ndocroth's blog

How Free of Gluten are "Glutenfree" Labeled Products Really?

How Free of Gluten are "Glutenfree" Labeled Products Really?

Common Complaint: "glutenfree" yet still experiencing symptoms

Mainstream and natural medicine agree:

No matter if non-celiac and/or celiac gluten sensitive, an individual sensitive to gluten needs to adopt a 100% glutenfree diet (GFD) and lifestyle!

Over more or less time on a GFD most related symptoms should disappear. But, as little as 1 gram daily gluten from contamination can lead to refractory (unresponsive) disease and trigger secondary health challenges.

Such ongoing issues include in no particular order: mineral imbalances and deficiencies, RA, polymyalgia rheumatica, anxiety, depression, psoriasis and other skin diseases, hypothyroidism, diabetes, lack of energy, UTI, gallbladder disease, a large spectrum of autoimmune challenges and more.

We routinely suggest a "Fresh Food Finds Friends™" approach to the glutenfree diet for our patients.

Olympic Shadows: The Feel-Good Addiction Factor

Olympic Shadows: The Feel-Good Addiction Factor

Why Athletes are more at Danger of the Feel-Good Addiction Factor

Of course we want to feel good—and we have every right to.

Nothing beats that adrenaline rush of being "in the zone" and accomplishing a goal that we have worked so hard for. That feeling of control and integration of our mind and body is truly exhilarating and energizing.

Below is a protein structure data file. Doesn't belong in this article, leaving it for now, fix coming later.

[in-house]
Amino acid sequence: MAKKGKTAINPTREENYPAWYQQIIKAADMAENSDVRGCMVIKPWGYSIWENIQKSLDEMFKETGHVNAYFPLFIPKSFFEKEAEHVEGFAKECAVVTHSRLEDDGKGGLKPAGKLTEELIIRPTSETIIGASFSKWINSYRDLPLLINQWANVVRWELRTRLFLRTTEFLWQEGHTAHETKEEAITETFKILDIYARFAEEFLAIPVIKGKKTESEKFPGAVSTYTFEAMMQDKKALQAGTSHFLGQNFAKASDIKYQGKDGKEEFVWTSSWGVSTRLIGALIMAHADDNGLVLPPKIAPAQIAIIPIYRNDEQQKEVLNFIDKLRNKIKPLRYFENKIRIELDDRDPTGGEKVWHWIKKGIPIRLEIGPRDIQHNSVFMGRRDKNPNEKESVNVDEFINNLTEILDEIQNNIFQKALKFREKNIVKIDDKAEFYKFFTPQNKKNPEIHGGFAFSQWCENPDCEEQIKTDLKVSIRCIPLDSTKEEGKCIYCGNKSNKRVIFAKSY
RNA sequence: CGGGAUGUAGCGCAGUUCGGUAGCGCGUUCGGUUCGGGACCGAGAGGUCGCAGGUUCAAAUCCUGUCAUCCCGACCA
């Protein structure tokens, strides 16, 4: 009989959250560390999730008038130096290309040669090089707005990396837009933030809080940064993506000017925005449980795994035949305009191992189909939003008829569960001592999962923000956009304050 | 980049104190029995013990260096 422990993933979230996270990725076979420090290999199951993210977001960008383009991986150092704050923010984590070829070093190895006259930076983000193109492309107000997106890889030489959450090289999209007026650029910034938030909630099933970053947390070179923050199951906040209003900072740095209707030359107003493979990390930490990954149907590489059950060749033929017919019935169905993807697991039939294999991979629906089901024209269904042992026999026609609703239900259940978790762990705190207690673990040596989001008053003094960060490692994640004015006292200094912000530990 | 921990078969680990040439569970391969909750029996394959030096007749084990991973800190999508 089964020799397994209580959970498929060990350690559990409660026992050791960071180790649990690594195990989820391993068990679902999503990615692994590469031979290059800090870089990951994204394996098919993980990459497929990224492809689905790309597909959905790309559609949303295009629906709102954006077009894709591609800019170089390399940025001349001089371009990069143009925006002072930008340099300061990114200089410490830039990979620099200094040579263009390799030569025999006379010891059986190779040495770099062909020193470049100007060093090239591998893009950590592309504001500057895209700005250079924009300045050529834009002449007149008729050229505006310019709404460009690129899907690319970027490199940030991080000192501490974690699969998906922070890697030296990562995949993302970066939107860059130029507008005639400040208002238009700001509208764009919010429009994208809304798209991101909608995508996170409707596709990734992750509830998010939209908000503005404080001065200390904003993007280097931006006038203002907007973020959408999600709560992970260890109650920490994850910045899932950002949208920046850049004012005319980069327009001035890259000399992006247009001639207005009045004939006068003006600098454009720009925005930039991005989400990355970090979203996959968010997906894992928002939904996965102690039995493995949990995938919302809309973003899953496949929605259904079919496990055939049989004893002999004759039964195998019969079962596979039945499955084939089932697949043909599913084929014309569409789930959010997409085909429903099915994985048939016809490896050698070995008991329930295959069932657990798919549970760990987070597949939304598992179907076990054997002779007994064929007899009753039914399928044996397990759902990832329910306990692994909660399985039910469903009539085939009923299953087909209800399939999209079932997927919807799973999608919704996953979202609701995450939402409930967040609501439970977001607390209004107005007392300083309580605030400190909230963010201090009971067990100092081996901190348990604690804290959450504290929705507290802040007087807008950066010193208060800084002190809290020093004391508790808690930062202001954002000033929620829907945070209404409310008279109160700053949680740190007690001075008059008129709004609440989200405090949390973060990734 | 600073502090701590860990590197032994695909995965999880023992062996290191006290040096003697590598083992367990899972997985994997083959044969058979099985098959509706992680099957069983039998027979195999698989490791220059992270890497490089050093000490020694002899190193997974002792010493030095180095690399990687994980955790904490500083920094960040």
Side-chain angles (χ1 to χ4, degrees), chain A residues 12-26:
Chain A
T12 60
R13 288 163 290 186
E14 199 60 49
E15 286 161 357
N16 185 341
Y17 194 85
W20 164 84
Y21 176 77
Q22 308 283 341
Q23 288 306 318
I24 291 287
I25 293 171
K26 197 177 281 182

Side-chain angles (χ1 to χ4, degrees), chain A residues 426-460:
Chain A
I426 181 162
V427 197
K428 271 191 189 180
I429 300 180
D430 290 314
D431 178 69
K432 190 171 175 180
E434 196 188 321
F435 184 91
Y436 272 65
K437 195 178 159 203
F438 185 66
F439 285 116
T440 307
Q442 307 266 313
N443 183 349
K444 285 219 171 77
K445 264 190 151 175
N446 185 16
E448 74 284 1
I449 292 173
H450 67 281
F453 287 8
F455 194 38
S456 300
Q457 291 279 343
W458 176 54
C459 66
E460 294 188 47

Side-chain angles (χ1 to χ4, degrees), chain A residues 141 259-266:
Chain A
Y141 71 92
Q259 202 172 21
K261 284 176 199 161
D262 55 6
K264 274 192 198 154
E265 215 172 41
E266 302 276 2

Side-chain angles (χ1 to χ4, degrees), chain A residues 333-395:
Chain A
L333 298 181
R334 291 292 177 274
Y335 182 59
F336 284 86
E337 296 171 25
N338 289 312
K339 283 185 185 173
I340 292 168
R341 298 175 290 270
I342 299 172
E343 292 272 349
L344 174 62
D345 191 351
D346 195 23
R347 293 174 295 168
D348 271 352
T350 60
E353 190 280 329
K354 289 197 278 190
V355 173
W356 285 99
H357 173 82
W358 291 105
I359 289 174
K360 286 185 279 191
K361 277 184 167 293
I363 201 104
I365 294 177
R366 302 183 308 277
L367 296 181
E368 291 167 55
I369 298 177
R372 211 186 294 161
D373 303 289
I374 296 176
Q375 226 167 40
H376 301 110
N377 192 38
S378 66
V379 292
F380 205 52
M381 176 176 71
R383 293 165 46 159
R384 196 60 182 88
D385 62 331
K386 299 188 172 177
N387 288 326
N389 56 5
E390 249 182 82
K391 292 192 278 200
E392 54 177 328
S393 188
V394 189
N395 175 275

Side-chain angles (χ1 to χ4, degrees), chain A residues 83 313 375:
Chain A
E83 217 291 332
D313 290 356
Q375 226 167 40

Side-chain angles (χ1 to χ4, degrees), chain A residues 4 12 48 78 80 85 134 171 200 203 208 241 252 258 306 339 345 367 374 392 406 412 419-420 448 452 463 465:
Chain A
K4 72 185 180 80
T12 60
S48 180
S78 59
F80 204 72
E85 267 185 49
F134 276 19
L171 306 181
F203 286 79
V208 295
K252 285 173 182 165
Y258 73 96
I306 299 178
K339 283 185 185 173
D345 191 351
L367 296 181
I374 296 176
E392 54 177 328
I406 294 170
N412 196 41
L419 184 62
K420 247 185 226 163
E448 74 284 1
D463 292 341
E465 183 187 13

According to Swiss research the "adrenaline-junkie" is real—complete with "an addictive risk-seeking behaviour" that eventually may overspill into everyday life addictions.[1]

So, when does "wanting to feel good" indicate an addictive personality?[2]

What are the warning signs of an individual being well on the way to addiction[3] or already having become addicted? When is the point in time for those surrounding such a person to stop being their enablers?

Aspirin Allergy May Translate To Food Allergies

Aspirin Allergy May Translate To Food Allergies

HLA-II linked Aspirin / Salicylic Acid Allergy: How Common is it in Gluten Sensitivity?

"A baby aspirin a day keeps the doctor away!" Sounds familiar?

Estimates vary, but it appears, for instance, that each year we consume around 40,000 metric tons of aspirin, equating to about 120 billion aspirin tablets (300 mg is a standard size).[1]

So, forty thousand tons later, shouldn't our public state of health be better? The above statement may be far from the truth about aspirin keeping the doctor away; and the forty thousand metric tons of aspirin consumed annually clearly do not appear to work either.

(For a historical overview and an >180 research listings on aspirin click here LINK)

Many individuals have reported new health challenges and allergies after starting treatment with aspirin. While salicylic acid is the main metabolite of aspirin, this willow bark-derived substance proves also to cross-react with birch pollen.

Unlike gluten sensitivity, (acetyl)salicylic acid allergy can be a true allergy. This means that the more an individual is exposed to salicylic acid via aspirin, daily foods or topical face washes, etc., the greater the likelihood of increasingly severe allergic reactions as the years go by.

It is common knowledge that many non-celiac and/or celiac gluten sensitive individuals react to grass pollen, birch pollen, ragweed pollen or mugwort. But, did you know that many of our edible and common vegetables, spices and fruits also cross-react with these pollens—quite likely due to the salicylic acid they contain?